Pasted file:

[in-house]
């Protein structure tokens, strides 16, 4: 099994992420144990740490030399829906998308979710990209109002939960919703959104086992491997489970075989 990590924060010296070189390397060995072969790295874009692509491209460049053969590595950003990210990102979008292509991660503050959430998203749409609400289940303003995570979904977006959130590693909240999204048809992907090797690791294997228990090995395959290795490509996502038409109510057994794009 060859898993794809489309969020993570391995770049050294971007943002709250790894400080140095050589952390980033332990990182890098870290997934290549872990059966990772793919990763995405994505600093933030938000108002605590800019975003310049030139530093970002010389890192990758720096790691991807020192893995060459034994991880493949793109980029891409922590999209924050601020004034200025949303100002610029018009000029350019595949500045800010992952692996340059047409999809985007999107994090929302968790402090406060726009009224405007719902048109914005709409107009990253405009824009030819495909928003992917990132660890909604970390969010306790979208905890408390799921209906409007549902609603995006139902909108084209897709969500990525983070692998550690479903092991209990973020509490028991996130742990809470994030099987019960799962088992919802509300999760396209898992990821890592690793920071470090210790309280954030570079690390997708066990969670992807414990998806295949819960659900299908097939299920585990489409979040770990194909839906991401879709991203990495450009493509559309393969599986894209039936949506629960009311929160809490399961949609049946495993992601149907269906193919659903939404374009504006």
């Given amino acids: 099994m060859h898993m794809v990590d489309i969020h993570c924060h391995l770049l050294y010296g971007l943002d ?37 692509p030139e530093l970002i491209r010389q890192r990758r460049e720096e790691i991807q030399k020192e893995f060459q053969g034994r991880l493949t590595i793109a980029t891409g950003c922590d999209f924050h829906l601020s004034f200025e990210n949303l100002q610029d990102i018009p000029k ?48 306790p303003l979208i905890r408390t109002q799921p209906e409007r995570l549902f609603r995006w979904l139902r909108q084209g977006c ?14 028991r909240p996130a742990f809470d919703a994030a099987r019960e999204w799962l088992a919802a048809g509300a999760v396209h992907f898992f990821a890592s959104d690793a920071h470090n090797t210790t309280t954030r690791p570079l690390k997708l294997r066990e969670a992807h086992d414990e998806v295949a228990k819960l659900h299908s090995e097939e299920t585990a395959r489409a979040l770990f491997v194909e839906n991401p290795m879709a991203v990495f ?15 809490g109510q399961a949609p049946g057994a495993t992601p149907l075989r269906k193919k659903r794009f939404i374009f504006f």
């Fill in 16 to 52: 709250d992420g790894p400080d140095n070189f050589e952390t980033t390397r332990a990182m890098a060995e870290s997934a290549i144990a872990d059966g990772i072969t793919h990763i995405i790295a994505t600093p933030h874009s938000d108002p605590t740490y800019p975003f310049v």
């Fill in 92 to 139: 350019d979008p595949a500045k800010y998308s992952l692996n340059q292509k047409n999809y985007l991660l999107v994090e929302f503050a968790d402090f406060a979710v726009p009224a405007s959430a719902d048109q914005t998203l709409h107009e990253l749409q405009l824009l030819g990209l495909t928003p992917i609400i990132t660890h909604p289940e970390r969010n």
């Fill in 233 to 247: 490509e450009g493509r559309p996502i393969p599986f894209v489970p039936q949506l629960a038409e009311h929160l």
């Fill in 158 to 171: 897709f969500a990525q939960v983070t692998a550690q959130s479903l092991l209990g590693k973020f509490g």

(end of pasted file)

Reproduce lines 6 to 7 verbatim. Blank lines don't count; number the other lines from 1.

């Fill in 233 to 247: 490509e450009g493509r559309p996502i393969p599986f894209v489970p039936q949506l629960a038409e009311h929160l």
């Fill in 158 to 171: 897709f969500a990525q939960v983070t692998a550690q959130s479903l092991l209990g590693k973020f509490g």